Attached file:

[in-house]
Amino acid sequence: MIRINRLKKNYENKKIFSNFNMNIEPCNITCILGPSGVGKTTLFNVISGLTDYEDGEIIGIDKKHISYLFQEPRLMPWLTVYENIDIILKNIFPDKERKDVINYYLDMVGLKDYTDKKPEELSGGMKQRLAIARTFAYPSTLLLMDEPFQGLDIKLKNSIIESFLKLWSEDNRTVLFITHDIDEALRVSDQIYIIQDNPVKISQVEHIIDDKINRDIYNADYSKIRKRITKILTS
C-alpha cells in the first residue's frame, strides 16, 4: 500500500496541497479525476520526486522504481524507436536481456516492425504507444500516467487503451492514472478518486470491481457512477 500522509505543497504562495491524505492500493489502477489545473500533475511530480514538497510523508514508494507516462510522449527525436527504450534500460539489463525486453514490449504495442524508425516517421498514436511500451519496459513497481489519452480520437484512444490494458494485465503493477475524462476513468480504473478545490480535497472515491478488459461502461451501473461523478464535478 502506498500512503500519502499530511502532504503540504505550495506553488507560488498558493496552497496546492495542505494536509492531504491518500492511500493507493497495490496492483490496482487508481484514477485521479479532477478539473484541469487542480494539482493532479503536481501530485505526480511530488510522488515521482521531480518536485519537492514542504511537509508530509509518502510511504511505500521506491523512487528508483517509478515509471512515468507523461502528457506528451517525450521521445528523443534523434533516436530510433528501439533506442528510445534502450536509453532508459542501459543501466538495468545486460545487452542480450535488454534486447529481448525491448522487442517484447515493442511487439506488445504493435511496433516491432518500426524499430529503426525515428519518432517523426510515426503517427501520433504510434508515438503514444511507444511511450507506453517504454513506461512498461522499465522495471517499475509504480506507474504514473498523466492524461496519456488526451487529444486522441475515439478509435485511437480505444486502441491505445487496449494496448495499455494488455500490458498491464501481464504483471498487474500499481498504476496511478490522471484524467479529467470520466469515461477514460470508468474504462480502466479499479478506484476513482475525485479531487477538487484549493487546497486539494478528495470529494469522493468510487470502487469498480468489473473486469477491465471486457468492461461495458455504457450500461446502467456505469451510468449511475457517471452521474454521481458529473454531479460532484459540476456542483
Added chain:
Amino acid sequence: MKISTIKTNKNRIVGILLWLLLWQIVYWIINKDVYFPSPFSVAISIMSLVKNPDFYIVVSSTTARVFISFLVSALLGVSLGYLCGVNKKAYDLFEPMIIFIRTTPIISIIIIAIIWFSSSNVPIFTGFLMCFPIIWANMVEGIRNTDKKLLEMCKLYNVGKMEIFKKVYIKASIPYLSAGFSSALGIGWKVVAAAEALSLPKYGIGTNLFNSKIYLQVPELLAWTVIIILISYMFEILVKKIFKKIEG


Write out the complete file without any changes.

[in-house]
Amino acid sequence: MIRINRLKKNYENKKIFSNFNMNIEPCNITCILGPSGVGKTTLFNVISGLTDYEDGEIIGIDKKHISYLFQEPRLMPWLTVYENIDIILKNIFPDKERKDVINYYLDMVGLKDYTDKKPEELSGGMKQRLAIARTFAYPSTLLLMDEPFQGLDIKLKNSIIESFLKLWSEDNRTVLFITHDIDEALRVSDQIYIIQDNPVKISQVEHIIDDKINRDIYNADYSKIRKRITKILTS
C-alpha cells in the first residue's frame, strides 16, 4: 500500500496541497479525476520526486522504481524507436536481456516492425504507444500516467487503451492514472478518486470491481457512477 500522509505543497504562495491524505492500493489502477489545473500533475511530480514538497510523508514508494507516462510522449527525436527504450534500460539489463525486453514490449504495442524508425516517421498514436511500451519496459513497481489519452480520437484512444490494458494485465503493477475524462476513468480504473478545490480535497472515491478488459461502461451501473461523478464535478 502506498500512503500519502499530511502532504503540504505550495506553488507560488498558493496552497496546492495542505494536509492531504491518500492511500493507493497495490496492483490496482487508481484514477485521479479532477478539473484541469487542480494539482493532479503536481501530485505526480511530488510522488515521482521531480518536485519537492514542504511537509508530509509518502510511504511505500521506491523512487528508483517509478515509471512515468507523461502528457506528451517525450521521445528523443534523434533516436530510433528501439533506442528510445534502450536509453532508459542501459543501466538495468545486460545487452542480450535488454534486447529481448525491448522487442517484447515493442511487439506488445504493435511496433516491432518500426524499430529503426525515428519518432517523426510515426503517427501520433504510434508515438503514444511507444511511450507506453517504454513506461512498461522499465522495471517499475509504480506507474504514473498523466492524461496519456488526451487529444486522441475515439478509435485511437480505444486502441491505445487496449494496448495499455494488455500490458498491464501481464504483471498487474500499481498504476496511478490522471484524467479529467470520466469515461477514460470508468474504462480502466479499479478506484476513482475525485479531487477538487484549493487546497486539494478528495470529494469522493468510487470502487469498480468489473473486469477491465471486457468492461461495458455504457450500461446502467456505469451510468449511475457517471452521474454521481458529473454531479460532484459540476456542483
Added chain:
Amino acid sequence: MKISTIKTNKNRIVGILLWLLLWQIVYWIINKDVYFPSPFSVAISIMSLVKNPDFYIVVSSTTARVFISFLVSALLGVSLGYLCGVNKKAYDLFEPMIIFIRTTPIISIIIIAIIWFSSSNVPIFTGFLMCFPIIWANMVEGIRNTDKKLLEMCKLYNVGKMEIFKKVYIKASIPYLSAGFSSALGIGWKVVAAAEALSLPKYGIGTNLFNSKIYLQVPELLAWTVIIILISYMFEILVKKIFKKIEG